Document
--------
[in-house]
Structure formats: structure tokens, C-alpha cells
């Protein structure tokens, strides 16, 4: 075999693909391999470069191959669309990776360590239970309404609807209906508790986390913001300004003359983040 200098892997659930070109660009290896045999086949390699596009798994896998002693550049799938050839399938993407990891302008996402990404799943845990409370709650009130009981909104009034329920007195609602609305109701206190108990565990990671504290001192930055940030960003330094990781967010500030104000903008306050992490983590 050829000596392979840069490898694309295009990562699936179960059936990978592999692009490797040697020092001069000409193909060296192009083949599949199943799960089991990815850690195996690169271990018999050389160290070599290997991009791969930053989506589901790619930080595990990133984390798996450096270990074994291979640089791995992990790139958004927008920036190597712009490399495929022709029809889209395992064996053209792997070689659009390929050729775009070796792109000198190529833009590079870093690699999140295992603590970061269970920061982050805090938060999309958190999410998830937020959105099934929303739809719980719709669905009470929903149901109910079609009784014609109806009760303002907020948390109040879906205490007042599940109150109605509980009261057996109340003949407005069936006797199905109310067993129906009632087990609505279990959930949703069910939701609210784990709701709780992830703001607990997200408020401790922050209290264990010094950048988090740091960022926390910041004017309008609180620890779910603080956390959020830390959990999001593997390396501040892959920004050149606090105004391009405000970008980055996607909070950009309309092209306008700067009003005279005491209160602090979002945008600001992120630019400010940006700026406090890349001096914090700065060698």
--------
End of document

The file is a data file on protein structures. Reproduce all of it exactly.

[in-house]
Structure formats: structure tokens, C-alpha cells
């Protein structure tokens, strides 16, 4: 075999693909391999470069191959669309990776360590239970309404609807209906508790986390913001300004003359983040 200098892997659930070109660009290896045999086949390699596009798994896998002693550049799938050839399938993407990891302008996402990404799943845990409370709650009130009981909104009034329920007195609602609305109701206190108990565990990671504290001192930055940030960003330094990781967010500030104000903008306050992490983590 050829000596392979840069490898694309295009990562699936179960059936990978592999692009490797040697020092001069000409193909060296192009083949599949199943799960089991990815850690195996690169271990018999050389160290070599290997991009791969930053989506589901790619930080595990990133984390798996450096270990074994291979640089791995992990790139958004927008920036190597712009490399495929022709029809889209395992064996053209792997070689659009390929050729775009070796792109000198190529833009590079870093690699999140295992603590970061269970920061982050805090938060999309958190999410998830937020959105099934929303739809719980719709669905009470929903149901109910079609009784014609109806009760303002907020948390109040879906205490007042599940109150109605509980009261057996109340003949407005069936006797199905109310067993129906009632087990609505279990959930949703069910939701609210784990709701709780992830703001607990997200408020401790922050209290264990010094950048988090740091960022926390910041004017309008609180620890779910603080956390959020830390959990999001593997390396501040892959920004050149606090105004391009405000970008980055996607909070950009309309092209306008700067009003005279005491209160602090979002945008600001992120630019400010940006700026406090890349001096914090700065060698």